But, conflicts of interest aren’t the only compliance concern. Grant guidance has pages upon pages of allowable and unallowable costs, rules regarding moving funds from one category to another, and making changes to your proposed project. There are also pages upon pages regarding what you as an organization requires of your staff. In fact, many organizations simply won’t apply for federal and state grants because they feel they simply can’t assure compliance with all of the funder’s terms and conditions.
But – nonprofits and public agencies don’t have to forgo these vital funding sources for this reason. Federal and state grant makers know that compliance is mandatory and that compliance costs money. So, write compliance into your programs. Use grant funds to hire a compliance expert, or to routinely train staff. Use grant funds to pay for the program’s share of your annual audit, as well. Ensure the roles and responsibilities of your staff include compliance, and ensure you’ve made enough time in their schedules to receive regular training and perform regular compliance checks.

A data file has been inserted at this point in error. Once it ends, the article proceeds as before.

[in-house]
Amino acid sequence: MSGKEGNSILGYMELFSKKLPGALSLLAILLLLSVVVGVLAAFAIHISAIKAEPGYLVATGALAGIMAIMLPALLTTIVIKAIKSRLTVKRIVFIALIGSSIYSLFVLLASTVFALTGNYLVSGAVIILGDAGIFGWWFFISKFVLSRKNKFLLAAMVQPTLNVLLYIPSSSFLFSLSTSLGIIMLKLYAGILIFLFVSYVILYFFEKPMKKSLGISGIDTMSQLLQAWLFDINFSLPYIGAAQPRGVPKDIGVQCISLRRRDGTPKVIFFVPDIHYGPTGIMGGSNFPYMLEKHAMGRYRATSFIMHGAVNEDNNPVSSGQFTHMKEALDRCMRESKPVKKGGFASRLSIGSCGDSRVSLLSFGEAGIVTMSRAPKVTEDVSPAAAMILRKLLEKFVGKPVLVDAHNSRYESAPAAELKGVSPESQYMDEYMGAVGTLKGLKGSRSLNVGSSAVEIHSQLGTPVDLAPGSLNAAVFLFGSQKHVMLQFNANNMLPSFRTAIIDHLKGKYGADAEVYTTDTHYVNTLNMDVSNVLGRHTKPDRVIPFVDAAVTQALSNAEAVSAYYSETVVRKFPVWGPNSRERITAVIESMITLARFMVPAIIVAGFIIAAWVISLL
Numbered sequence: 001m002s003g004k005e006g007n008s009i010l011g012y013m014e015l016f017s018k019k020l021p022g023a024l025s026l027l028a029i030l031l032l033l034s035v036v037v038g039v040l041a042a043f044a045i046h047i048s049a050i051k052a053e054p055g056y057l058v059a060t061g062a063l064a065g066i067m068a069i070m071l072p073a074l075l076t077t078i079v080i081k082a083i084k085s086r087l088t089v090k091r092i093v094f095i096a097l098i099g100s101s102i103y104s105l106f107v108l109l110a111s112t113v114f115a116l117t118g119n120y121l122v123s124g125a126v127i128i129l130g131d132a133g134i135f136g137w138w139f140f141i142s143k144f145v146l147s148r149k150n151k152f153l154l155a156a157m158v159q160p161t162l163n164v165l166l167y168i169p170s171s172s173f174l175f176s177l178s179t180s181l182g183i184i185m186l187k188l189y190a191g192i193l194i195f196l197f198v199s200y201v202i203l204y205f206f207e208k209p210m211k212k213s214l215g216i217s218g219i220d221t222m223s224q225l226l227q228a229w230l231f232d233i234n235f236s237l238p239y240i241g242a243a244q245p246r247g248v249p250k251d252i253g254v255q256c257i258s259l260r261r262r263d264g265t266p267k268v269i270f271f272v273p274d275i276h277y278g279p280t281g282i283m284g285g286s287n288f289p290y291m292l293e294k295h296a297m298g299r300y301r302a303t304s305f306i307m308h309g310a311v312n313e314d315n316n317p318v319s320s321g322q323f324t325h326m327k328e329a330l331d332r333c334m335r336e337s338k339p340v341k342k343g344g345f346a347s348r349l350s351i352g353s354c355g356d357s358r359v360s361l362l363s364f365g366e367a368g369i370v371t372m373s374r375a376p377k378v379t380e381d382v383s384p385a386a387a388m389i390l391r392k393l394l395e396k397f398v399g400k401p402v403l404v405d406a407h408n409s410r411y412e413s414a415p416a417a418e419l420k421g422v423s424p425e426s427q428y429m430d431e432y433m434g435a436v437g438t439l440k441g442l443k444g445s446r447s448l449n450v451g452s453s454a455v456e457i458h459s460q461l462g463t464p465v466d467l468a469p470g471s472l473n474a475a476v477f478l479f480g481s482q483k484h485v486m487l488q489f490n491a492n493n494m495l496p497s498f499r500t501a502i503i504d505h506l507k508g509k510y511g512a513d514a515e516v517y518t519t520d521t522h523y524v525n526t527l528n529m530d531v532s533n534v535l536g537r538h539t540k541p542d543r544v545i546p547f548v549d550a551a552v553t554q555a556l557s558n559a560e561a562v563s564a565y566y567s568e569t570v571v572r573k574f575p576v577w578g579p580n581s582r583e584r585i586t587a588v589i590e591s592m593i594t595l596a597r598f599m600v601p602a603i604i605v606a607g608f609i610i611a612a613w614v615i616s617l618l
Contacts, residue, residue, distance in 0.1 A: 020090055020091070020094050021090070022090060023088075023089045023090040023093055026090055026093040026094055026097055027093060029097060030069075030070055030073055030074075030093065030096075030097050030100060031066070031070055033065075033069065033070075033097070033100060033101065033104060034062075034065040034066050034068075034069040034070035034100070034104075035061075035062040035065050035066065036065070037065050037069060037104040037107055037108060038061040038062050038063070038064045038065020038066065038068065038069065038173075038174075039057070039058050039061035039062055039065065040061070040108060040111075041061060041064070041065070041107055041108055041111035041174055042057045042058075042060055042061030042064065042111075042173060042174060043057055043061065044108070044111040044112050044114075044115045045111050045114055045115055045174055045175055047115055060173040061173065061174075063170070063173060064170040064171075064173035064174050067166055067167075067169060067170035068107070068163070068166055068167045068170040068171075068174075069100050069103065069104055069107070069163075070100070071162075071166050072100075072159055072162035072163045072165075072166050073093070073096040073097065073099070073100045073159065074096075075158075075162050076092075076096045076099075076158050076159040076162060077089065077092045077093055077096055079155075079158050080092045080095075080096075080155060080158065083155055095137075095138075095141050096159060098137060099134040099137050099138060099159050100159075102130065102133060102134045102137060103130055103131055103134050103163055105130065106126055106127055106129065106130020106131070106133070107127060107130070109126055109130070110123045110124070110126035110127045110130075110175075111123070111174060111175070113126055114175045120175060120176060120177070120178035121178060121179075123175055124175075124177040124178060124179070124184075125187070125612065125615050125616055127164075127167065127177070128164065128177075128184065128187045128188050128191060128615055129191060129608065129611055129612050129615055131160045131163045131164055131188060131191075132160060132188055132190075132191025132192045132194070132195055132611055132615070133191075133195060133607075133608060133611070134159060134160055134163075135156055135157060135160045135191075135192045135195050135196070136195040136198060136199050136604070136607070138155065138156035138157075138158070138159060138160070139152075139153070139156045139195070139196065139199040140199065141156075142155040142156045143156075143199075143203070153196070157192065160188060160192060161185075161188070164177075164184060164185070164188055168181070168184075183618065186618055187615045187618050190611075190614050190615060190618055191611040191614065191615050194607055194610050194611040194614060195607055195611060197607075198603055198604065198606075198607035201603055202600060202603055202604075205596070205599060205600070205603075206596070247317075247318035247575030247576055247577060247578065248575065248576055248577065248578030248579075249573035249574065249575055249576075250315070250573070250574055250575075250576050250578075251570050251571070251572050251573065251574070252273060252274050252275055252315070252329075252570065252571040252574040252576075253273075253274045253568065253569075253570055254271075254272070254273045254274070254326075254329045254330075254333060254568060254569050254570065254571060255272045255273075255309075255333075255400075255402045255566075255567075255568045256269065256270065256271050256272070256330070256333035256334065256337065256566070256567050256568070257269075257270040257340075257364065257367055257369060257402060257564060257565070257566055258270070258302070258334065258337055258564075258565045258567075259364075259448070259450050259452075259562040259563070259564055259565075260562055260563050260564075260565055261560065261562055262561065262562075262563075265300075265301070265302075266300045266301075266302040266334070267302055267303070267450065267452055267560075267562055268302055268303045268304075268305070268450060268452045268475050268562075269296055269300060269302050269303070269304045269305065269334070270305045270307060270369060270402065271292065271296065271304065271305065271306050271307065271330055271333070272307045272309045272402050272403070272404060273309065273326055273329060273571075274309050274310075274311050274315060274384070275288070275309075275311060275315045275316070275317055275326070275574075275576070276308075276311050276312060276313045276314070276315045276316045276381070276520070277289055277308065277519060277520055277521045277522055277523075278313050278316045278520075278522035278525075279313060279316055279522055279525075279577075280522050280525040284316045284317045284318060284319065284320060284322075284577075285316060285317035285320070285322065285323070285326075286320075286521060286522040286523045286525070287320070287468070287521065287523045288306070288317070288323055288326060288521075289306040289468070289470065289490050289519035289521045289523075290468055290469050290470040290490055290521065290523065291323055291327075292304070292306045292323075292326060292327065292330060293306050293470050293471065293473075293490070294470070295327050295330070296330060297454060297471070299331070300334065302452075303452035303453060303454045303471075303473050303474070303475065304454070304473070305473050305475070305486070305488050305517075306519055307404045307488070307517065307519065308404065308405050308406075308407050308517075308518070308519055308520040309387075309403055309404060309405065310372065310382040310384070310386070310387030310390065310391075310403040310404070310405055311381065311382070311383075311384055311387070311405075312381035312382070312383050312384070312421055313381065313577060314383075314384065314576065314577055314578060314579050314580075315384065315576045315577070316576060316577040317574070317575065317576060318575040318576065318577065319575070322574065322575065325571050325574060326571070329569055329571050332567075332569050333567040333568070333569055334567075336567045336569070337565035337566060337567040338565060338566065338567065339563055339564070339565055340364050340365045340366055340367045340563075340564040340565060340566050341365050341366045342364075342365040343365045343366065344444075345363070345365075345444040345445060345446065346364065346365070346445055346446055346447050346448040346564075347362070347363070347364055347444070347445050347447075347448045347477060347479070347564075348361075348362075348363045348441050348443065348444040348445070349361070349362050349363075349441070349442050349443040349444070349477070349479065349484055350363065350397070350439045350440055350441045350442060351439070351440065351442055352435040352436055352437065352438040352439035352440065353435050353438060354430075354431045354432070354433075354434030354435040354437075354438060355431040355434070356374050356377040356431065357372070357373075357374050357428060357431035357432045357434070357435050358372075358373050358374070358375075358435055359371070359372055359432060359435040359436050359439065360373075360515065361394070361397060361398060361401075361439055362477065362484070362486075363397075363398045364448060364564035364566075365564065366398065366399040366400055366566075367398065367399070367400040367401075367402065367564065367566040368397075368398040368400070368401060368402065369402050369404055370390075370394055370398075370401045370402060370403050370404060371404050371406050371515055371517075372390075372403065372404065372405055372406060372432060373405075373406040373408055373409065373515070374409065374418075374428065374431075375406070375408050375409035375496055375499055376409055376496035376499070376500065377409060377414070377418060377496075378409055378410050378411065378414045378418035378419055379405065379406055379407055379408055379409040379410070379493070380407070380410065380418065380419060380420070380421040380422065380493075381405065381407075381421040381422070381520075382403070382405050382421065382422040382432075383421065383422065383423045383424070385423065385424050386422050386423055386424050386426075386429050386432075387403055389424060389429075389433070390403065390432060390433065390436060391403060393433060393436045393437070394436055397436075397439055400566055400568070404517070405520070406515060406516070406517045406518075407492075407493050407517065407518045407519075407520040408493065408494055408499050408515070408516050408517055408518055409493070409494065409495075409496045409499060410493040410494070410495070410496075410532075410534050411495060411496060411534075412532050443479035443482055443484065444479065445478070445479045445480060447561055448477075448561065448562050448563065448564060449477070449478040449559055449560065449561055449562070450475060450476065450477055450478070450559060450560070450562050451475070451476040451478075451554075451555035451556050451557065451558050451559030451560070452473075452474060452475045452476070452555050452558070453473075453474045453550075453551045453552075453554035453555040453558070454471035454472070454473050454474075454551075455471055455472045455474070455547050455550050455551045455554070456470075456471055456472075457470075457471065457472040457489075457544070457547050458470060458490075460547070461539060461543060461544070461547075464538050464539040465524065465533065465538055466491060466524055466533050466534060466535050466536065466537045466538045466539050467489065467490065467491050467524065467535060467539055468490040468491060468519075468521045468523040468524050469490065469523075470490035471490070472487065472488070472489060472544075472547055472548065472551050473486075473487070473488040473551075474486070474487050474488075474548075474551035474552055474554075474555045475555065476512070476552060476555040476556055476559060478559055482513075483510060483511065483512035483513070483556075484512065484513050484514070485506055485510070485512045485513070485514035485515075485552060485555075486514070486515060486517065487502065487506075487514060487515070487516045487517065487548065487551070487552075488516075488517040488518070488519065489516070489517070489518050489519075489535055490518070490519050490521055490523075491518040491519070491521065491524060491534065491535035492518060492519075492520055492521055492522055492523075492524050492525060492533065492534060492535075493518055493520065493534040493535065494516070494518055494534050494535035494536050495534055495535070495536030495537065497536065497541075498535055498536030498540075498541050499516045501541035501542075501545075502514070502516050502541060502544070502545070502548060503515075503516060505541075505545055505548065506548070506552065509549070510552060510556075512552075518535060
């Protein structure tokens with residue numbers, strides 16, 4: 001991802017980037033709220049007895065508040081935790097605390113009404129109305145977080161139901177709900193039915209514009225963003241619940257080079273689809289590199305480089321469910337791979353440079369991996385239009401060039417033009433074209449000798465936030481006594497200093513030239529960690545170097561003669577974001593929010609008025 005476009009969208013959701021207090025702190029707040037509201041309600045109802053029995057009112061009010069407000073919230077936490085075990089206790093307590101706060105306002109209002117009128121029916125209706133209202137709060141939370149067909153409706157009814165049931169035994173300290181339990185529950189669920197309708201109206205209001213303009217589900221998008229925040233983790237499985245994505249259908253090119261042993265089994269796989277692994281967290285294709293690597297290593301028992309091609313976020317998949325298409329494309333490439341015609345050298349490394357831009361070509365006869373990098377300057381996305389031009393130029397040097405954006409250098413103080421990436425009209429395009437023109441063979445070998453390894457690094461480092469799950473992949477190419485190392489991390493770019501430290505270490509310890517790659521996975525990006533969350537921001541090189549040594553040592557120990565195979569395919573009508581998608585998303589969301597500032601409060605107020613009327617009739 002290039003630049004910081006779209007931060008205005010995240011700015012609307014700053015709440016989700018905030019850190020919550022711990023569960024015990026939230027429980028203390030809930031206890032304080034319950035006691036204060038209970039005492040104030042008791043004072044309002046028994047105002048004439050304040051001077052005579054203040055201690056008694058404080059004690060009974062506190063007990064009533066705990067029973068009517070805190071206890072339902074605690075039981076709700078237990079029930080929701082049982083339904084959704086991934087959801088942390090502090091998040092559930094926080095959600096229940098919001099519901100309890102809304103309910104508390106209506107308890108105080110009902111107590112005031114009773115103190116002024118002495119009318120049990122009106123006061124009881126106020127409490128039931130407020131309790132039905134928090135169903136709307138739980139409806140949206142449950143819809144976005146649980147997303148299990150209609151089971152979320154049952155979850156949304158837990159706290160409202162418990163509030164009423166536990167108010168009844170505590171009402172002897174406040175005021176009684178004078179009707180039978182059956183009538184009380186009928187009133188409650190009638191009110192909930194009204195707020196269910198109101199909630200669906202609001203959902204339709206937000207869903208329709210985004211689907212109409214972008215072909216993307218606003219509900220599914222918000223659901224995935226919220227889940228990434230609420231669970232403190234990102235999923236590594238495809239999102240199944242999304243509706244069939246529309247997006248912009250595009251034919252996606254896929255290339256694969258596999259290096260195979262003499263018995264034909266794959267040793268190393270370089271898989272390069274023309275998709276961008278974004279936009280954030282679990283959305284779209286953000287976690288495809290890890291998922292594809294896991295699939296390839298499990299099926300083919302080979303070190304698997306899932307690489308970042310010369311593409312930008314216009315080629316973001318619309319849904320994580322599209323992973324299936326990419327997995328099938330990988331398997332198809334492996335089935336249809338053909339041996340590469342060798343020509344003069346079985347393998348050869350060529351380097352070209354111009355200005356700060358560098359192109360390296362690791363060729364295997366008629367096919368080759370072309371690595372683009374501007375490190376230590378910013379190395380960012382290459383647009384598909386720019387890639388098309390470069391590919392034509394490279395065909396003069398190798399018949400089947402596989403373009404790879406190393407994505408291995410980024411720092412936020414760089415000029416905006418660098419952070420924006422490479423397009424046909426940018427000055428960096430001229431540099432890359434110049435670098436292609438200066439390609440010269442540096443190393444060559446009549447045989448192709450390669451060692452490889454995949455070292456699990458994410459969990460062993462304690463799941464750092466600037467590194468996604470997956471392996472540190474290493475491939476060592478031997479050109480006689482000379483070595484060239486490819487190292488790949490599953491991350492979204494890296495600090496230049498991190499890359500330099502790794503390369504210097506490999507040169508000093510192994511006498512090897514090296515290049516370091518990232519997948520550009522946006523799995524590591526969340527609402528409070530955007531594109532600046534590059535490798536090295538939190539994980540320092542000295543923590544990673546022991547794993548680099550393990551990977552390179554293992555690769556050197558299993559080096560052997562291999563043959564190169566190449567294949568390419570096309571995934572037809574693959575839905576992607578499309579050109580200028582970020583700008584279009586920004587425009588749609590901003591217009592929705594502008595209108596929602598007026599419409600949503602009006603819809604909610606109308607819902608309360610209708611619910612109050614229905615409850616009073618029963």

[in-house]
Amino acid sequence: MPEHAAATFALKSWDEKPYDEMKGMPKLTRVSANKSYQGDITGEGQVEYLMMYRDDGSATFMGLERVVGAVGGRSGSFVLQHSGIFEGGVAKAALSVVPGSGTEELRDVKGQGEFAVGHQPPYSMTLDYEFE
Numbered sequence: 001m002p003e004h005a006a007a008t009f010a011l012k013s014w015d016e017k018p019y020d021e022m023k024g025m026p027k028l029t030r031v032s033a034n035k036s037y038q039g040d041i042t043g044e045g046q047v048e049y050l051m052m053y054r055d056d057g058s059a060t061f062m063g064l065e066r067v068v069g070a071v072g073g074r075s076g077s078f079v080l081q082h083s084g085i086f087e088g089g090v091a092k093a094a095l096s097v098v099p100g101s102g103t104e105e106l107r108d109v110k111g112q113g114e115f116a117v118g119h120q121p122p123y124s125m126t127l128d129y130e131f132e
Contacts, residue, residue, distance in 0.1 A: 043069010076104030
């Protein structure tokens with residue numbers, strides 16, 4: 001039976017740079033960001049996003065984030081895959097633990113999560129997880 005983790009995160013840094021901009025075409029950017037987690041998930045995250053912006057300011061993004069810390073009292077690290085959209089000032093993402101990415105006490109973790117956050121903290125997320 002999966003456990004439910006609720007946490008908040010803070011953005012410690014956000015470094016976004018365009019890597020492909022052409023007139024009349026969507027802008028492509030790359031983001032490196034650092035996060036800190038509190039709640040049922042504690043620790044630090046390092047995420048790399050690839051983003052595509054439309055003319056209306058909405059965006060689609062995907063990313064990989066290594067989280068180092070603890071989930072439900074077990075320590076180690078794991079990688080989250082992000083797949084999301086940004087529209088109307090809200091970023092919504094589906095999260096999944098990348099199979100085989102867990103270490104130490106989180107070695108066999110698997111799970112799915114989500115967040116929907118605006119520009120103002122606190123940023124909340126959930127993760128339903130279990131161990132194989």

For more information about what to expect when you win a grant, view our Free Webinar: Planning for Success, What Happens After You Win a Grant or contact Resource Associates for onsite training and more information at: 505-326-4245.
Rachel Nawrocki, Director of Client Funding
Rachel brings over 25 years’ experience in nonprofit excellence, program development, training, evaluation, and grant project management to Resource Associates’ Outreach Team. She’s an expert in many areas of capacity building and works with each client and its community partners to assess eligibility, program compatibility, and capacity for grant pursuits. She also specializes in sustainability. This means her clients are coached on how to continue programs without the reliance on soft monies while actively pursuing all potential grant and other funding opportunities to build new and existing initiatives. Ms. Nawrocki comes to Resource Associates having managed a broadly-scoped human services nonprofit at which she lead the development of 73 grant-funded projects raising $35 million in funds over 9 years. Rachel has served as the Vice President of Cultural Resources Management Consultants, the Director of Human Resources at Consolidated Constructors, and has worked as a professional fundraiser for the National Wildlife Federation in Washington, D.C. If you feel you have hit a glass ceiling when it comes to growing or sustaining your organization and its good work, consider Rachel your innovative solutions provider.